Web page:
Magazine article The New Yorker

Underground Beauties

Magazine article The New Yorker

Underground Beauties

Article excerpt

UNDERGROUND BEAUTIES

Long before Dr. Zizmor and Poetry in Motion, beauty on the subways came in the form of the Miss Subways competition, which ran from 1941 to 1976. The idea, hatched by the New York Subways Advertising Company, was to prettify the train cars while drawing eye traffic to the surrounding ads for chewing gum or cigarettes. Every few months, a new glamour shot would appear on posters underground, along with a few lines describing the winner's hobbies ("modern dance, piano and ceramics") and aspirations ("plugging for B.A. but would settle for M.R.S."). Nearly two hundred women claimed the title.

If Miss Subways is remembered today, it is primarily because of the 1944 musical "On the Town," whose heroine is Miss Turnstiles; she is pursued by a trio of sailors who have just learned that the Bronx is up and the Battery's down. A Broadway revival of the show was the occasion, the other day, for a gathering of some twentyfive former Miss Subways winners, at Ellen's Stardust Diner. The reunion took place there because Ellen herself--Ellen Hart Sturm--was crowned Miss Subways in March and April, 1959. "I was seventeen and a half, and I was going to Jamaica High School," Sturm recalled. She held up her poster, in which she sported an Elizabeth Taylor look. "I thought this would be a springboard for my career, but, instead, I got married when I was twenty-one and had my son before I was twenty-two." She rebounded in the eighties, singing the national anthem at Rangers and Knicks games. "I get up and sing here occasionally," she added, referring to her diner, whose waitstaff belt out show tunes on their shifts. "And I climbed the Empire State Building this year: eighty-six flights for multiple myeloma!"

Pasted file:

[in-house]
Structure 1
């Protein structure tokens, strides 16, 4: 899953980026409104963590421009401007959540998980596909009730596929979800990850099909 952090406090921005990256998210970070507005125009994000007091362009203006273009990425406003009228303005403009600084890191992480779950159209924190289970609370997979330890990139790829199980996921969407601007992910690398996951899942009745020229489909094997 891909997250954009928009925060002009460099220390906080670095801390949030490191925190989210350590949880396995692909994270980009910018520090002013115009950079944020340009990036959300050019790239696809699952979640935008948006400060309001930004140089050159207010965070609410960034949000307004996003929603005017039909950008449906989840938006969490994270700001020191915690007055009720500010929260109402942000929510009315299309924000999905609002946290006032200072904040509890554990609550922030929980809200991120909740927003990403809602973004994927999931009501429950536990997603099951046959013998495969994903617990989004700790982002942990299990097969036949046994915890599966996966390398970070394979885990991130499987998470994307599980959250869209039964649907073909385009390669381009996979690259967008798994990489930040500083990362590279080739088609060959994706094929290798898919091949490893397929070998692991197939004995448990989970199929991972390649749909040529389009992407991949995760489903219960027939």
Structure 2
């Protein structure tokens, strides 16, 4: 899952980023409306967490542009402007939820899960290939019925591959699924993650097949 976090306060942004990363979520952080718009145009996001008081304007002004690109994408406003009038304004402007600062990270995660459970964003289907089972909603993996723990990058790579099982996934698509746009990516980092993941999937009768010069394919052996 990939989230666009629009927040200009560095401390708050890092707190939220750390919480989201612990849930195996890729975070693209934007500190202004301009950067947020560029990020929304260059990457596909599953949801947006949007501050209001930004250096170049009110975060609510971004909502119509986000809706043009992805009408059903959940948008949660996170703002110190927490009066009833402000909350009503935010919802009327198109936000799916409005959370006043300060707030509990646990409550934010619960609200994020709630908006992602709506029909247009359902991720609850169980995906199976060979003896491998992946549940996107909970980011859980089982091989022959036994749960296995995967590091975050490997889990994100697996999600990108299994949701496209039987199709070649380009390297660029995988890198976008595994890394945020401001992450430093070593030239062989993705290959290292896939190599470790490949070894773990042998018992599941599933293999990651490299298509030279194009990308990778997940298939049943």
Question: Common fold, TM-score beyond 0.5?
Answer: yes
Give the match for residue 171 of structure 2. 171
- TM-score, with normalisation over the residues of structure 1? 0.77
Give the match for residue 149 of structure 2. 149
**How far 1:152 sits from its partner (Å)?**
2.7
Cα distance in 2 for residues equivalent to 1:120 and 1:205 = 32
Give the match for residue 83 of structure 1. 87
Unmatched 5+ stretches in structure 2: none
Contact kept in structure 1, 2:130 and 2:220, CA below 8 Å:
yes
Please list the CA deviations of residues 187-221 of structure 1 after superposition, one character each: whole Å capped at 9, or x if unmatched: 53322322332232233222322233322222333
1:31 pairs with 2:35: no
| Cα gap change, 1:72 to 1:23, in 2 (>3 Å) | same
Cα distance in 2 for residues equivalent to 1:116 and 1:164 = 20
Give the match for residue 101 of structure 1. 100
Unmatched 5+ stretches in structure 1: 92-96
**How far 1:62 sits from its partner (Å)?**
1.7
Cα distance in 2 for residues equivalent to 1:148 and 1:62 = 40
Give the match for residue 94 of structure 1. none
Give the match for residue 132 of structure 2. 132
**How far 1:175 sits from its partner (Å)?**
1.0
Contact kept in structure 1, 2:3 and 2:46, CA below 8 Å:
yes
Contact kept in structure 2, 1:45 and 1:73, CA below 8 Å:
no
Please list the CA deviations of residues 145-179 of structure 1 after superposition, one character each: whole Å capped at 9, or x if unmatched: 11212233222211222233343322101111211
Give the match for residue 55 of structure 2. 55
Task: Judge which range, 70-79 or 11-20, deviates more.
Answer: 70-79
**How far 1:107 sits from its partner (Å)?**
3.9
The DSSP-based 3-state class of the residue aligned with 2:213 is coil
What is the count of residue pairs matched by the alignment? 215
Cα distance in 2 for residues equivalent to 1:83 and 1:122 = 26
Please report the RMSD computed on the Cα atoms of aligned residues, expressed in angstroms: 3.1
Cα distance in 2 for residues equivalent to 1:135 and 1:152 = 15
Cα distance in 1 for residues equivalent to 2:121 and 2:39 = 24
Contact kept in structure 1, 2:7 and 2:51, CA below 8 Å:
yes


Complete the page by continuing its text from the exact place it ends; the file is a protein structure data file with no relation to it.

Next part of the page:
The Miss Subways wore sashes and posed with their posters while sitting in vinyl booths. Mary Gardiner Timoney (May and June, 1953) was working as a secretary for Scandinavian Airlines when her boss submitted her photo. "I ended up onstage at Radio City Music Hall," she said. "I travelled all over with General Motors. I was on 'The Perry Como Show.' I just retired when I was sixty-five--my last print job was for arthritic hands." Dolores Mitchell Byrne (January and February, 1961), whose poster identified her as "the 'outdoor' type," took up scuba diving. "My last dive was about two years ago, in Hawaii," she said. "I saw a giant manta ray right over my head on my hundredth dive. I said, 'O.K., better quit while I'm ahead. …

Search by... Author
Show... All Results Primary Sources Peer-reviewed

Oops!

An unknown error has occurred. Please click the button below to reload the page. If the problem persists, please try again in a little while.